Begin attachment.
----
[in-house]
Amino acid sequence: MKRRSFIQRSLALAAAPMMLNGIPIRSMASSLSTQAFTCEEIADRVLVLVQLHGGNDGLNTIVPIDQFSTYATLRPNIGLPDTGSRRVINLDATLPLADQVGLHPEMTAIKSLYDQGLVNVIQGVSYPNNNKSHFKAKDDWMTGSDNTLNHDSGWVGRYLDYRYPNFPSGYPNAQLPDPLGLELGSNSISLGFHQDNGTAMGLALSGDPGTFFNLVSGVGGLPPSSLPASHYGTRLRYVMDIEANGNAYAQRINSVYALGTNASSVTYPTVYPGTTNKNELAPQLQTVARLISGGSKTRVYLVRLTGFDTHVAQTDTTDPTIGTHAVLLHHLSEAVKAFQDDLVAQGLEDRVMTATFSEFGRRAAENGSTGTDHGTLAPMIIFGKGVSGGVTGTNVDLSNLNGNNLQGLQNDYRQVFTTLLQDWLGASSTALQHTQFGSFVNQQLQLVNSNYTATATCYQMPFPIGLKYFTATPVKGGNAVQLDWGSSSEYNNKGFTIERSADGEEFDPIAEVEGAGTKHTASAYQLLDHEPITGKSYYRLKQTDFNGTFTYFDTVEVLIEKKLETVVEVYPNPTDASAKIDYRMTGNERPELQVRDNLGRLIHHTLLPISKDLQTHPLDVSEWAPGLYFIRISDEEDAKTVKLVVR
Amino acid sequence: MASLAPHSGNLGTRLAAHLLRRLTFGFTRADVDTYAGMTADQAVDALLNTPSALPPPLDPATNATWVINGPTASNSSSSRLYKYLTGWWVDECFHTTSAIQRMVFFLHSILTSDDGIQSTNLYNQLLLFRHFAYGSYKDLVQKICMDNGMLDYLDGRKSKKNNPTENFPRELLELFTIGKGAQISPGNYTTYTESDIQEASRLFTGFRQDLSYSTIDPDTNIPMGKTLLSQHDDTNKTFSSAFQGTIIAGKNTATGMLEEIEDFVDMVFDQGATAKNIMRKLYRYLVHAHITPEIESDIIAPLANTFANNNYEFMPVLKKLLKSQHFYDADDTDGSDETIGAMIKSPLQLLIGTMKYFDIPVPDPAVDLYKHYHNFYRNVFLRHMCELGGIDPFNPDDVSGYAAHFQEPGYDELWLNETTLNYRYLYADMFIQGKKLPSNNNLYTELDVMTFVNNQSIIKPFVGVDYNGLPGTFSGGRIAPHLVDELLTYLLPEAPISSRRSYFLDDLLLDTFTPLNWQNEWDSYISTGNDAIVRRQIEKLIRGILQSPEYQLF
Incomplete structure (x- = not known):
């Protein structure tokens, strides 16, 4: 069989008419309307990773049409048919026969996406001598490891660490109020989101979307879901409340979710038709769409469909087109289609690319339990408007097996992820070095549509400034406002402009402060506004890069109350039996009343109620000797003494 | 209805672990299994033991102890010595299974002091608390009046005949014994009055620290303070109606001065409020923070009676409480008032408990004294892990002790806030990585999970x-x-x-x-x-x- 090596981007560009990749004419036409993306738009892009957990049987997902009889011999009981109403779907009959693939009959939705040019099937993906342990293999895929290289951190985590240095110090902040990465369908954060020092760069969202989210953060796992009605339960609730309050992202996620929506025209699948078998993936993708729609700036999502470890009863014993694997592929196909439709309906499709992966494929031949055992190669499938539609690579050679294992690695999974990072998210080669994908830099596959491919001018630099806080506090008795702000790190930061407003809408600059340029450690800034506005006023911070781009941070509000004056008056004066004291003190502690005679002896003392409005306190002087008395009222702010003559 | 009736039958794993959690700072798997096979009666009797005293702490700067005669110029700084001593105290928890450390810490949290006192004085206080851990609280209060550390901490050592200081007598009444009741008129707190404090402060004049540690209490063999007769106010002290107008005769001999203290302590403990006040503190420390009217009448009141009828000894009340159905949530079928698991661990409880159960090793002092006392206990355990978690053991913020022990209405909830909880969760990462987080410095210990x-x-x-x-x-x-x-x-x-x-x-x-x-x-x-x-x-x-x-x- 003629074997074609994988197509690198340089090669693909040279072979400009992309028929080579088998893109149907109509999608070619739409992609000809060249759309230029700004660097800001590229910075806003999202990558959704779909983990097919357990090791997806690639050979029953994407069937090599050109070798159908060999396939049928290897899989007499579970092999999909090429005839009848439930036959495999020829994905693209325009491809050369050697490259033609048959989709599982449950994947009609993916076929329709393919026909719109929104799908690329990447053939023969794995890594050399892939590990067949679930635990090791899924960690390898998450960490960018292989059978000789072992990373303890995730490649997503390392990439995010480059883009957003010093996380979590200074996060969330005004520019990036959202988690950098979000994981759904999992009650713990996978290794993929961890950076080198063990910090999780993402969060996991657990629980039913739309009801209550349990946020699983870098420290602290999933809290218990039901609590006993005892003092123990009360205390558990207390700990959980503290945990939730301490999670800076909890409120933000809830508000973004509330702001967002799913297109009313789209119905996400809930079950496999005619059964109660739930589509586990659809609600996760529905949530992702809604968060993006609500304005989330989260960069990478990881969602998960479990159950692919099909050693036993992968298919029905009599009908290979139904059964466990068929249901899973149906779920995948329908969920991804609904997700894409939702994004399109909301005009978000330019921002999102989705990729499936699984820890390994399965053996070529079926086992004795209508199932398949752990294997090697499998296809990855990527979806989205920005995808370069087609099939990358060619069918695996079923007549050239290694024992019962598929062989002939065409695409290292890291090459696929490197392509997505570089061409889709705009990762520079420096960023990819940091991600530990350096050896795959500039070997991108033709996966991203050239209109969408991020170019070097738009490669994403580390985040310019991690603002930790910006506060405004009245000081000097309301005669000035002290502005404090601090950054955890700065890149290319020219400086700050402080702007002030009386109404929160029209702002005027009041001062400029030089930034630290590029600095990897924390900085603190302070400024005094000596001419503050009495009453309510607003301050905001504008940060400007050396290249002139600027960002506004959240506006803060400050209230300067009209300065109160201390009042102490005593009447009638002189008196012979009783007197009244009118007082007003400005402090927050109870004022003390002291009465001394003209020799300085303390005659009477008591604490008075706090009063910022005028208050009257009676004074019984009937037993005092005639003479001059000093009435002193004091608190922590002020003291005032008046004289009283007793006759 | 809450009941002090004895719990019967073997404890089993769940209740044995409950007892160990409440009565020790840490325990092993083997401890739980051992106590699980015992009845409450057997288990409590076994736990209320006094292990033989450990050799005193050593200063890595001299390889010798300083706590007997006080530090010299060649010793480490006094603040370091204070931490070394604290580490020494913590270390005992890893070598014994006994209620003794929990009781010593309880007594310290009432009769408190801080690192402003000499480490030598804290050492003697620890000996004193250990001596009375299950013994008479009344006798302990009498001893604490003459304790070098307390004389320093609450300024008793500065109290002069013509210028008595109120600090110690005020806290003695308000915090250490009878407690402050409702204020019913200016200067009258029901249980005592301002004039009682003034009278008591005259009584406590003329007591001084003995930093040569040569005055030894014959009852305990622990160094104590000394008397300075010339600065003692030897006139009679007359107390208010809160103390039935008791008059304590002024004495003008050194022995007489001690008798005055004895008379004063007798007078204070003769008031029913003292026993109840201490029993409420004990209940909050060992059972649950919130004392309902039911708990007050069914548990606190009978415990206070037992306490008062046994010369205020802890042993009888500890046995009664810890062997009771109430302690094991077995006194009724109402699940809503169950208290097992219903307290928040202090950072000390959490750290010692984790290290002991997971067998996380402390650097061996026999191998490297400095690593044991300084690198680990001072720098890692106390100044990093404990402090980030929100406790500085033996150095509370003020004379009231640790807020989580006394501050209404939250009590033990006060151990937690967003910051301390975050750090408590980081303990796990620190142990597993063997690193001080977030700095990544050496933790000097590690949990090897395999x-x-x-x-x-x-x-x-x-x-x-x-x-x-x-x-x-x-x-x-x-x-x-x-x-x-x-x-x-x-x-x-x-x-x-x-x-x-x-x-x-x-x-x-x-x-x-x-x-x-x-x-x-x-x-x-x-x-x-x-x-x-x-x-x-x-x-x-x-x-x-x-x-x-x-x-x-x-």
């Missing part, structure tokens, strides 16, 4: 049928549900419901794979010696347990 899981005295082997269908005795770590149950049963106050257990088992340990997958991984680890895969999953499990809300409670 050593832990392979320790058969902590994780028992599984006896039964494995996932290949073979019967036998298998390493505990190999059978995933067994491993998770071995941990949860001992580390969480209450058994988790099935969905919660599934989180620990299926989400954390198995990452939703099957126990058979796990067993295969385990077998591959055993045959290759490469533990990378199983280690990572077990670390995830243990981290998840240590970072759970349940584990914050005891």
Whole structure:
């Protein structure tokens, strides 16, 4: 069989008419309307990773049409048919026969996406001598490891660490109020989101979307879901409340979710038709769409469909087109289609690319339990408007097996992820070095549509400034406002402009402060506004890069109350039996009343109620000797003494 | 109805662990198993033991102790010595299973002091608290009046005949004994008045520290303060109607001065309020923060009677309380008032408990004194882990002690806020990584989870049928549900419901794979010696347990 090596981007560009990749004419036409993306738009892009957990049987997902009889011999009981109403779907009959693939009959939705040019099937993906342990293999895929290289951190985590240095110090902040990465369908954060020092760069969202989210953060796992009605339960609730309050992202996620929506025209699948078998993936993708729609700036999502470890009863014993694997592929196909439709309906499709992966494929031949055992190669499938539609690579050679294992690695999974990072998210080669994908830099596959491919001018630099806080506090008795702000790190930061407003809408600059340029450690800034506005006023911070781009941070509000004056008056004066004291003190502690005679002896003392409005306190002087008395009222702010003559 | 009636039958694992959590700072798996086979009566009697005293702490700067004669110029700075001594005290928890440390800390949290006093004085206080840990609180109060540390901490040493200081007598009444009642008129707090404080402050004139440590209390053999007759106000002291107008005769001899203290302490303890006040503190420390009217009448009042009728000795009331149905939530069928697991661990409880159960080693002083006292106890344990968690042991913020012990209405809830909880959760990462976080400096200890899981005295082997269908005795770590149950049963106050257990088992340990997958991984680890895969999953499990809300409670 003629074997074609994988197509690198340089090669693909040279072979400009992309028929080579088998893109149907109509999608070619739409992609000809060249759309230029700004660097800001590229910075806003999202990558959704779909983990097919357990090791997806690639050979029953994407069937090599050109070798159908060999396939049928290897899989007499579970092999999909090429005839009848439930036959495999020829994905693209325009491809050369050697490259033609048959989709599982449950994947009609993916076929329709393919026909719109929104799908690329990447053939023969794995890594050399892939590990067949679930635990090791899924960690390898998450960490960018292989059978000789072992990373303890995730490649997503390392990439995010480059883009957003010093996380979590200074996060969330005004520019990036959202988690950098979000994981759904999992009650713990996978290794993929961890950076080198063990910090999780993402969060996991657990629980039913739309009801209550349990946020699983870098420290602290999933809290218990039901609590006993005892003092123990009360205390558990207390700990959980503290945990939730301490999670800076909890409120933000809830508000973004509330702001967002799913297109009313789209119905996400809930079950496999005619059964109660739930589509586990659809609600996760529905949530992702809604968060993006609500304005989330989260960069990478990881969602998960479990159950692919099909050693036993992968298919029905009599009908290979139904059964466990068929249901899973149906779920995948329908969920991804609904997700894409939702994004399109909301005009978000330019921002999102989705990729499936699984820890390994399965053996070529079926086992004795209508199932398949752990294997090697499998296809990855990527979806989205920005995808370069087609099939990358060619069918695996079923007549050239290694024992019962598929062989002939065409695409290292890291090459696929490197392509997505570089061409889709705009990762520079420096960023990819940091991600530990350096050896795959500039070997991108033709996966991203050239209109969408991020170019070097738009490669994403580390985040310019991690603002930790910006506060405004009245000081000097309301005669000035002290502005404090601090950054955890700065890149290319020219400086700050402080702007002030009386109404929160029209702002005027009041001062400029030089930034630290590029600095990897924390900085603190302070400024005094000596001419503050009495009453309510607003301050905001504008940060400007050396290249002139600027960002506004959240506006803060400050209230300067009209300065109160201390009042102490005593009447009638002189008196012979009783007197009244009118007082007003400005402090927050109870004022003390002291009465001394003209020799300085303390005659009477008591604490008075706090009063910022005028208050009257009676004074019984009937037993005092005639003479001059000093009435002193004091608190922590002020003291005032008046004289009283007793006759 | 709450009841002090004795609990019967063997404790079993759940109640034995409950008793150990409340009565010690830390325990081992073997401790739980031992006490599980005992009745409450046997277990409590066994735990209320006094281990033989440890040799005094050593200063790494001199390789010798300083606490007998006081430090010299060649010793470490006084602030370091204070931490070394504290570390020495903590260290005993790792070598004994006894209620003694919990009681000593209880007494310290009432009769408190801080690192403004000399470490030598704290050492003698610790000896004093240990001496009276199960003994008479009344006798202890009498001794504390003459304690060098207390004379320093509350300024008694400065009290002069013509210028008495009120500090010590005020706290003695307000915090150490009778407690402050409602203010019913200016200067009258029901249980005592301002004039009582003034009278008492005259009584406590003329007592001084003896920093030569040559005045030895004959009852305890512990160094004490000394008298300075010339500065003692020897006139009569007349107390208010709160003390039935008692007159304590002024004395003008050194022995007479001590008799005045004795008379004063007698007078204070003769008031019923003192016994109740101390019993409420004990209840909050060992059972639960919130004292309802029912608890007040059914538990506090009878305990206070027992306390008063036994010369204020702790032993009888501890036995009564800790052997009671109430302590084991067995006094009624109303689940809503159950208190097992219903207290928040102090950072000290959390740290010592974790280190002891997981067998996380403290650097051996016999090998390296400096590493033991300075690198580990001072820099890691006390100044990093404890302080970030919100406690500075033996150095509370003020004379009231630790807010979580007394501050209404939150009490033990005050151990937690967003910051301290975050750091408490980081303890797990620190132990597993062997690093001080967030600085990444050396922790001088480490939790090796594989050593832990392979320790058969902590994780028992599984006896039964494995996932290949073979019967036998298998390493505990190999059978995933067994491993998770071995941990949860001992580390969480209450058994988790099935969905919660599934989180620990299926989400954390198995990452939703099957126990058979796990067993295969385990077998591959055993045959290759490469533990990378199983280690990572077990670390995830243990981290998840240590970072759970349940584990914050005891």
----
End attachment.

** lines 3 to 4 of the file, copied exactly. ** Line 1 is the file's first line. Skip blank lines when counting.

Amino acid sequence: MASLAPHSGNLGTRLAAHLLRRLTFGFTRADVDTYAGMTADQAVDALLNTPSALPPPLDPATNATWVINGPTASNSSSSRLYKYLTGWWVDECFHTTSAIQRMVFFLHSILTSDDGIQSTNLYNQLLLFRHFAYGSYKDLVQKICMDNGMLDYLDGRKSKKNNPTENFPRELLELFTIGKGAQISPGNYTTYTESDIQEASRLFTGFRQDLSYSTIDPDTNIPMGKTLLSQHDDTNKTFSSAFQGTIIAGKNTATGMLEEIEDFVDMVFDQGATAKNIMRKLYRYLVHAHITPEIESDIIAPLANTFANNNYEFMPVLKKLLKSQHFYDADDTDGSDETIGAMIKSPLQLLIGTMKYFDIPVPDPAVDLYKHYHNFYRNVFLRHMCELGGIDPFNPDDVSGYAAHFQEPGYDELWLNETTLNYRYLYADMFIQGKKLPSNNNLYTELDVMTFVNNQSIIKPFVGVDYNGLPGTFSGGRIAPHLVDELLTYLLPEAPISSRRSYFLDDLLLDTFTPLNWQNEWDSYISTGNDAIVRRQIEKLIRGILQSPEYQLF
Incomplete structure (x- = not known):